Through an exploration of extensive case studies, this book demonstrates how the discovery and examination of original childhood attachment wounds is crucial to couples therapy.
As many as half of all mental health referrals involve interpersonal issues and these very often relate to marital problems. Yet, after a half a century of couples therapy, we still lack a widely accepted treatment model for couples and there are relatively few training programs or graduate courses dedicated to the field. Why does an effective general approach to marital therapy remain so elusive? Working with Attachment in Couples Therapy: A Four-Step Model for Clinical Practice presents a series of in-depth case studies, which illustrate the seeking of the primary wound for each participant as it unfolds session by session and traces improvement in each couple while exploring past injuries.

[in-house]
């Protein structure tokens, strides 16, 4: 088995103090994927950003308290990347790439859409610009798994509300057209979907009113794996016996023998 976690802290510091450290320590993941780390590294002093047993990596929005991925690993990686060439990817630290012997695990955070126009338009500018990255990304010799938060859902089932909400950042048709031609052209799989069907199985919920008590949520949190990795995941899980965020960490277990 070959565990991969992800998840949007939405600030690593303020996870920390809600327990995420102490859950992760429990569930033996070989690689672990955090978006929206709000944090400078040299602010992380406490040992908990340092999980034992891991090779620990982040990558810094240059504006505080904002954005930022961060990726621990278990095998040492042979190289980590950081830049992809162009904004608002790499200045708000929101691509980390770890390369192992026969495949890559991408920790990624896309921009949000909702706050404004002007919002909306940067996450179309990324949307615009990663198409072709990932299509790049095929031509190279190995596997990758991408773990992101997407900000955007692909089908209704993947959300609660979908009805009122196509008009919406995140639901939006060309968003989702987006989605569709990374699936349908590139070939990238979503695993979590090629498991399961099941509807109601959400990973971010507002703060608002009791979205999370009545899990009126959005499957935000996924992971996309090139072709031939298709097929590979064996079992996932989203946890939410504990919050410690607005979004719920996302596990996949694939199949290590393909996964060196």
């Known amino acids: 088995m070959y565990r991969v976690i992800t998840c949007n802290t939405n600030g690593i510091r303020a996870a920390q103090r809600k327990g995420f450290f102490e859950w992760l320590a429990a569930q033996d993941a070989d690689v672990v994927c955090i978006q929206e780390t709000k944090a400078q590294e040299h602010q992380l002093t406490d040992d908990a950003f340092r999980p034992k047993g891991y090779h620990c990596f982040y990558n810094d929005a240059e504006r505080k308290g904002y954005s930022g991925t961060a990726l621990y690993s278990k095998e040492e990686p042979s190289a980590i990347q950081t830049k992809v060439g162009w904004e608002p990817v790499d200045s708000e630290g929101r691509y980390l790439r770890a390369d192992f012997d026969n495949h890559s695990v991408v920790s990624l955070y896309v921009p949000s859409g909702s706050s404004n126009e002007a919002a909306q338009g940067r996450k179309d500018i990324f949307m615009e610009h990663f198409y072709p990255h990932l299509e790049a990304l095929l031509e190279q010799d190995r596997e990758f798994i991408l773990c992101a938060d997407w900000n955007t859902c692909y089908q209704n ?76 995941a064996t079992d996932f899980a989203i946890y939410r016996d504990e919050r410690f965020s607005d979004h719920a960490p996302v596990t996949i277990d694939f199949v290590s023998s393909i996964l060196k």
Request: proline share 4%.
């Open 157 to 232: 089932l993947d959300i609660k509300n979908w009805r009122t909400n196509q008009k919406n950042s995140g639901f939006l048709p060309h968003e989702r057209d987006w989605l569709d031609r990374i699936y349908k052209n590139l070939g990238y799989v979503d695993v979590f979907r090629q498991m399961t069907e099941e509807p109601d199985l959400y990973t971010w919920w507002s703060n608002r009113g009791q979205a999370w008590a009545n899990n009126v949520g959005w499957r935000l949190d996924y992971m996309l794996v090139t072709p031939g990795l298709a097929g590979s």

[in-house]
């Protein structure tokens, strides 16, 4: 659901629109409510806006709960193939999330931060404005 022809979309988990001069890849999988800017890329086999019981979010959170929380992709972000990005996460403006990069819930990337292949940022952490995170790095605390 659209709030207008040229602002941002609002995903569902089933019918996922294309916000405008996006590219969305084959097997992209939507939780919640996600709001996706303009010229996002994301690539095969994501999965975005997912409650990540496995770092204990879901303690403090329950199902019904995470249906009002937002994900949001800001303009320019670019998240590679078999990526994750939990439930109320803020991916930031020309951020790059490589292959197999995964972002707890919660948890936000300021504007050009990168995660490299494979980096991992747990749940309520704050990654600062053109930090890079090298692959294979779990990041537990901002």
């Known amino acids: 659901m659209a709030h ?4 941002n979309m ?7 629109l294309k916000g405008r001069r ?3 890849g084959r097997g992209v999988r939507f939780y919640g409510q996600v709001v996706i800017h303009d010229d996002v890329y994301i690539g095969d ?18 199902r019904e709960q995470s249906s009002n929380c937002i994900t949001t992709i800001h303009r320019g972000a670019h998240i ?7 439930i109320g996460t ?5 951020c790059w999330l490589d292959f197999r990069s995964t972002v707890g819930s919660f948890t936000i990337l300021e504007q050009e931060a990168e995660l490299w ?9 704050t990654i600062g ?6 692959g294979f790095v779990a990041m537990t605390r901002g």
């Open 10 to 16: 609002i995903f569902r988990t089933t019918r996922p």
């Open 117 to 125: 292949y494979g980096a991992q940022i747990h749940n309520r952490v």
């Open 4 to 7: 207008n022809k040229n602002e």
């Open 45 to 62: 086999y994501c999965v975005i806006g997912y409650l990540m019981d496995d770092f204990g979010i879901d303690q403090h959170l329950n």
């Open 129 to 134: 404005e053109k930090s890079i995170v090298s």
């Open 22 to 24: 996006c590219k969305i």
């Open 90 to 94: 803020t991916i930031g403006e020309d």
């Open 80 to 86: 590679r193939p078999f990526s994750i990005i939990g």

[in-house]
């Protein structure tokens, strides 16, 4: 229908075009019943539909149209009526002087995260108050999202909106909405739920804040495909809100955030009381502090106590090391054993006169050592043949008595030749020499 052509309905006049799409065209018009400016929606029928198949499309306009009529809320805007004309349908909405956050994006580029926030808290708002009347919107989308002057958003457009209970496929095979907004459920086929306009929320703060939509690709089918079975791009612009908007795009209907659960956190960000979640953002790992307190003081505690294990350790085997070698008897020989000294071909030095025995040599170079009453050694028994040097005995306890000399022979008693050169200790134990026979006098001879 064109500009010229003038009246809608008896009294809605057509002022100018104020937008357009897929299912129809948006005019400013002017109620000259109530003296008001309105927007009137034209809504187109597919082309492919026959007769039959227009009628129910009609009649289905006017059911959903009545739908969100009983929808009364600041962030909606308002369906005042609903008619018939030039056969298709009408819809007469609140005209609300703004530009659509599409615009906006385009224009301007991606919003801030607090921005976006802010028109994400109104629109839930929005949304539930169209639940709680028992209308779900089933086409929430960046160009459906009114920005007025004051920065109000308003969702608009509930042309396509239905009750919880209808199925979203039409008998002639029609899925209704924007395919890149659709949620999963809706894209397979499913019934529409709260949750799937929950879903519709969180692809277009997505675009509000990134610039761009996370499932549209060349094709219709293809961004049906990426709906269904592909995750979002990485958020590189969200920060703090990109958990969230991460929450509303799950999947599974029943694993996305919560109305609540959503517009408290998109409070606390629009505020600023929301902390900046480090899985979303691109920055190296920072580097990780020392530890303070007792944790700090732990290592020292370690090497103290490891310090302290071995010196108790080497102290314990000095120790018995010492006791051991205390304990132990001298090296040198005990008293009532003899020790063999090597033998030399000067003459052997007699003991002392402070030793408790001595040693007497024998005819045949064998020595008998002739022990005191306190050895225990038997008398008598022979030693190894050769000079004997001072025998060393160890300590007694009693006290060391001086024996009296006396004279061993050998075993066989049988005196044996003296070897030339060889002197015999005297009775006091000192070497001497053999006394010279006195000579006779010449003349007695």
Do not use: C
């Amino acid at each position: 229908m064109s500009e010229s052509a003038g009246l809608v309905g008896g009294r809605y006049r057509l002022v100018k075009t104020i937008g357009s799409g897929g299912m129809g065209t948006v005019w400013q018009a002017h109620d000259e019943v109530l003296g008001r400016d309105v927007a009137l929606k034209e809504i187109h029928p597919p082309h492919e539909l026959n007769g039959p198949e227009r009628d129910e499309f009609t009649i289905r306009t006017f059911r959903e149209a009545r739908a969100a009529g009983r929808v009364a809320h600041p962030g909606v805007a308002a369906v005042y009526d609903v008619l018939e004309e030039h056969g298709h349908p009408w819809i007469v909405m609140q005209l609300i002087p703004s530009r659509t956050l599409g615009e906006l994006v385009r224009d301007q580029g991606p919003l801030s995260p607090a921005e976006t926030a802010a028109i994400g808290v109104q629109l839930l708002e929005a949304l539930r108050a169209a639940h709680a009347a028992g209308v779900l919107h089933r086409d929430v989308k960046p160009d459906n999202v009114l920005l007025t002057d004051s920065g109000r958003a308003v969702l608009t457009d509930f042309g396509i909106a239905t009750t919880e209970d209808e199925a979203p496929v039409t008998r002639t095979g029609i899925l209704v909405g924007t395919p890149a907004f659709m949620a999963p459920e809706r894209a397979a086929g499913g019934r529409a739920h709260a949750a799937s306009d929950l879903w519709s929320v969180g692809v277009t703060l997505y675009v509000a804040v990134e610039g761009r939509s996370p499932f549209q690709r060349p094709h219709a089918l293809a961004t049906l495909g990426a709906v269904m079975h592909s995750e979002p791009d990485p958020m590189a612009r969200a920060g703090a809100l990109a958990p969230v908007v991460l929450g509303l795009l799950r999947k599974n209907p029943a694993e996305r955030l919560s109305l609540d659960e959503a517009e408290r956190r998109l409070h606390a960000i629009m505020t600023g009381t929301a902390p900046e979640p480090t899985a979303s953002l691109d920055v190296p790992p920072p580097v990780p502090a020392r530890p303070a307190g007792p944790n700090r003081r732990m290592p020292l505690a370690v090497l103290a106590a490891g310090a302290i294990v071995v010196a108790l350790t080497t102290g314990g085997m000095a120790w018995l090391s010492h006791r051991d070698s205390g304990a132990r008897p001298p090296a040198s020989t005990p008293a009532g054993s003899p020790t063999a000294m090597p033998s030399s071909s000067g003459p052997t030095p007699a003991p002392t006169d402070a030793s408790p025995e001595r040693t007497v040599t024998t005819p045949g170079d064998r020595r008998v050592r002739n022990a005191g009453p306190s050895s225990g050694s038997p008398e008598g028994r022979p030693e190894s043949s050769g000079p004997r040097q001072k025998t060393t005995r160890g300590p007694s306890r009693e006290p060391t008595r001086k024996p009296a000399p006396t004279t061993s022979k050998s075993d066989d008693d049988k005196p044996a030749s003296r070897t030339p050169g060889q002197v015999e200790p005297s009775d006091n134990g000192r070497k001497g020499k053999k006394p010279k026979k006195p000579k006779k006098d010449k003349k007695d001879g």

This book represents essential reading for any mental health professional working with couples, as well as those in training.
Table of Contents
1 - The Four Step Model: Step 1: The Resurrection of Safety
2 – Step 2: Pursuing the attachment wound: Excerpts from Jim Donovan and other senior authors
3 – After Identifying the Wound: Starting the Healing
4 – Step 3: Treating the wound and rekindling the intimacy: Introducing three longer therapies
5 – The Middle Stages of the treatment: The Challenge
6 – Step 4: the Later Stages of couple treatment: Long term personality development
7 – Final words: For now
Jim Donovan, PhD, is Associate Professor of Population Medicine, Harvard Medical School, Boston, MA, Emeritus Director of Behavioural Health Training, Atrius Health, MA, and author of Short-Term Object Relations Couples Therapy: The Five-Step Model (Routledge, 2003).
"Dr. Donovan has an absolutely clear model for helping couples where each partner has been seriously and emotionally wounded in childhood. This is very common in those who come for marital therapy. The method he shares with many senior colleagues in the field of marital therapy is to earn the trust of each partner gradually so that each partner can come forth fully about how she or he was hurt and how this happens sadly again in the marriage. This is a method that deeply explores what has to come forth from the past, in an individual therapy of two people together, if each is to take much better care of the other."
--Jim Gustafson, MD, Professor of Psychiatry, University of Wisconsin Medical School